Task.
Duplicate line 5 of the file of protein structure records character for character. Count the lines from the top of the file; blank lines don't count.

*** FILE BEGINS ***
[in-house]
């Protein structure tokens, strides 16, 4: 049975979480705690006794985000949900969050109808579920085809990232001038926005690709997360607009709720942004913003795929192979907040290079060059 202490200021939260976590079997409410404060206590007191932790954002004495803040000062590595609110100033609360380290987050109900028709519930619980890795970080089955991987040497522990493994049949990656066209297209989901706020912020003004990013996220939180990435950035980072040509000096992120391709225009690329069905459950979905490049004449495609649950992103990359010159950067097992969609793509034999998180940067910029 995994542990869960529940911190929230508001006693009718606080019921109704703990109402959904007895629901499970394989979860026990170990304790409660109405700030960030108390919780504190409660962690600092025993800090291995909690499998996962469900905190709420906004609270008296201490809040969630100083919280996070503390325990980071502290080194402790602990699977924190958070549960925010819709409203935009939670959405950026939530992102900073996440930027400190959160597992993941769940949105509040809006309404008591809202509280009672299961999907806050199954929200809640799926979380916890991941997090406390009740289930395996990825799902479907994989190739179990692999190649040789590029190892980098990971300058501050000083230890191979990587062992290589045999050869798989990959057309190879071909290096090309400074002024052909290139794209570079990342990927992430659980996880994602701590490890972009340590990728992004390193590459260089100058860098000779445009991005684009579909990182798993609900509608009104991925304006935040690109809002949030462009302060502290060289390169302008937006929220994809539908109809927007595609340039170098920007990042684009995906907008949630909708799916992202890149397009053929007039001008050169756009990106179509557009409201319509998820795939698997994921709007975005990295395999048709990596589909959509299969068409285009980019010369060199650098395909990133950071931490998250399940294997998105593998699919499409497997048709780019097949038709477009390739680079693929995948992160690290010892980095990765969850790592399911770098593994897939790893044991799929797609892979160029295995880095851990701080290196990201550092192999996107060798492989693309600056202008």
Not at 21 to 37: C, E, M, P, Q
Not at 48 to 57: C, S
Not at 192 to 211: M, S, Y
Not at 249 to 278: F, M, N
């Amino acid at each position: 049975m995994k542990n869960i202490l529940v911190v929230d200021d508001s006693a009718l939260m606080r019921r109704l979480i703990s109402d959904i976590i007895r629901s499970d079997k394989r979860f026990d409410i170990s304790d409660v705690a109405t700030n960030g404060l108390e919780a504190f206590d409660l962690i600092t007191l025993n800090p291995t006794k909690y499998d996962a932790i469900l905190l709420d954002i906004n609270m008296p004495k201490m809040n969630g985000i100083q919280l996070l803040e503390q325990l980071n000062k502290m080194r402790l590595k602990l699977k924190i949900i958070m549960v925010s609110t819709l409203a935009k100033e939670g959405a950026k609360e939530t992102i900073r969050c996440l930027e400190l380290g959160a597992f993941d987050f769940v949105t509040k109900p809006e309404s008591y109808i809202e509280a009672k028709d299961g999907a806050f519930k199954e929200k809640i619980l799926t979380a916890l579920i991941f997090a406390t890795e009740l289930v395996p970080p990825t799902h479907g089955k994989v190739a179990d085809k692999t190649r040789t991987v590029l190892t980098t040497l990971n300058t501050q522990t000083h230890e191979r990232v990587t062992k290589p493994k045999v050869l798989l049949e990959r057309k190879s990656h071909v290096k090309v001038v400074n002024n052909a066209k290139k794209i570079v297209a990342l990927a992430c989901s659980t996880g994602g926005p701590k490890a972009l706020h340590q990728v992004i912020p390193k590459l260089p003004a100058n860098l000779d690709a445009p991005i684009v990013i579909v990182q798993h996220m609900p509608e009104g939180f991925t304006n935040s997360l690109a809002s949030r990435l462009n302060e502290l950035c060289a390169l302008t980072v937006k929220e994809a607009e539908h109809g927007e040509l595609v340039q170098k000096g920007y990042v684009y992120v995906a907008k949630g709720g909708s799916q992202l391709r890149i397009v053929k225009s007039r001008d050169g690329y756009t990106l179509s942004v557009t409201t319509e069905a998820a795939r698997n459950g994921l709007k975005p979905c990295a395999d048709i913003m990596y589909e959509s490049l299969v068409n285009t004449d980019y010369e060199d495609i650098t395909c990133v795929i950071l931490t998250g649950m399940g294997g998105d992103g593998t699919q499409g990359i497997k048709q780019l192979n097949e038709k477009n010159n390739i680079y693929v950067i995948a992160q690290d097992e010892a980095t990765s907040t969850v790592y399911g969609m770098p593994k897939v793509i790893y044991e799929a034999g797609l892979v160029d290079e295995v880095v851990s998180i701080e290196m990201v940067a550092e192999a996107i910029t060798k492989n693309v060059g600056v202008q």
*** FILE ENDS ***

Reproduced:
Not at 192 to 211: M, S, Y